So, I have a t-shirt with the Dixie Flag on it that I got in the Gettysburg tourist shop, and the words "Gettysburg" underneath. I find civil war history fascinating, and especially the evolution of warfare that came with technology innovations in rifling and the use of rail-roads. I specifically visited Gettysburg to stand on the high water mark at Pickett's Charge. I can't imagine what it was like to be coming up that hill into the union defences. Really interesting stuff. So, I'm a bit of an enthusiast.
Does wearing a t-shirt from the Gettysburg tourist shop imply that someone is a racist? What about getting their picture taken in the t-shirt?
The Court views it as “discrimination” which it is the function of our judgments to deter. So imbued is the Court with the law profession’s anti-anti-homosexual culture, that it is seemingly unaware that the attitudes of that culture are not obviously “mainstream”; that in most States what the Court calls “discrimination” against those who engage in homosexual acts is perfectly legal; that proposals to ban such “discrimination” under Title VII have repeatedly been rejected by Congress, see Employment Non-Discrimination Act of 1994, S. 2238, 103d Cong., 2d Sess. (1994); Civil Rights Amendments, H. R. 5452, 94th Cong., 1st Sess. (1975); that in some cases such “discrimination” is mandated by federal statute, see 10 U.S.C. § 654(b)(1) (mandating discharge from the armed forces of any service member who engages in or intends to engage in homosexual acts); and that in some cases such “discrimination” is a constitutional right, see Boy Scouts of America v. Dale, 530 U.S. 640 (2000).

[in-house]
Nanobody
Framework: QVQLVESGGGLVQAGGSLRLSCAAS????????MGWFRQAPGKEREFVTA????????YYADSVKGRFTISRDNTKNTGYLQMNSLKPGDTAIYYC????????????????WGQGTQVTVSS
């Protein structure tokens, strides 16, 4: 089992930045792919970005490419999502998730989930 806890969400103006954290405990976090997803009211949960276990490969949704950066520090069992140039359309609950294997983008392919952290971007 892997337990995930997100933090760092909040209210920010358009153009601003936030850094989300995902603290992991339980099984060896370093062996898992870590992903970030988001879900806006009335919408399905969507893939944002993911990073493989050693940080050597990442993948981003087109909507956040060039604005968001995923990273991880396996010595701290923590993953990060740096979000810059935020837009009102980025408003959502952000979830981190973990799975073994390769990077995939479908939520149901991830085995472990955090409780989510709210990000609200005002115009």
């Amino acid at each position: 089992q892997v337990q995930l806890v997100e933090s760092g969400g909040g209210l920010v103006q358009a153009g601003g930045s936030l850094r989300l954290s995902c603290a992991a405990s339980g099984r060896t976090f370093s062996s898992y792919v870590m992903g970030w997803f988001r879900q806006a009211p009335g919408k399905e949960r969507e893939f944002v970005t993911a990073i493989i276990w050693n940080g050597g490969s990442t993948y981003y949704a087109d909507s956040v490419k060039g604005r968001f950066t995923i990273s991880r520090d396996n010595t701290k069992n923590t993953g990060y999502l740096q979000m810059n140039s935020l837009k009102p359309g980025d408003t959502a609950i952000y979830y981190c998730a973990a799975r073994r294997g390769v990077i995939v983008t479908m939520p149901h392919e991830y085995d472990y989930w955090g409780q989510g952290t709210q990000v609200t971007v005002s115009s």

Let me be clear that I have nothing against homosexuals, promoting their agenda through normal democratic means. Social perceptions of sexual and other morality change over time, and every group has the right to persuade its fellow citizens that its view of such matters is the best. That homosexuals have achieved some success in that enterprise is attested to by the fact that Texas is one of the few remaining States that criminalize private, consensual homosexual acts. But persuading one’s fellow citizens is one thing, and imposing one’s views in absence of democratic majority will is something else.
And there is where the good little Vatican steamship Scalia runs aground. Civil Rights are not a popularity contest.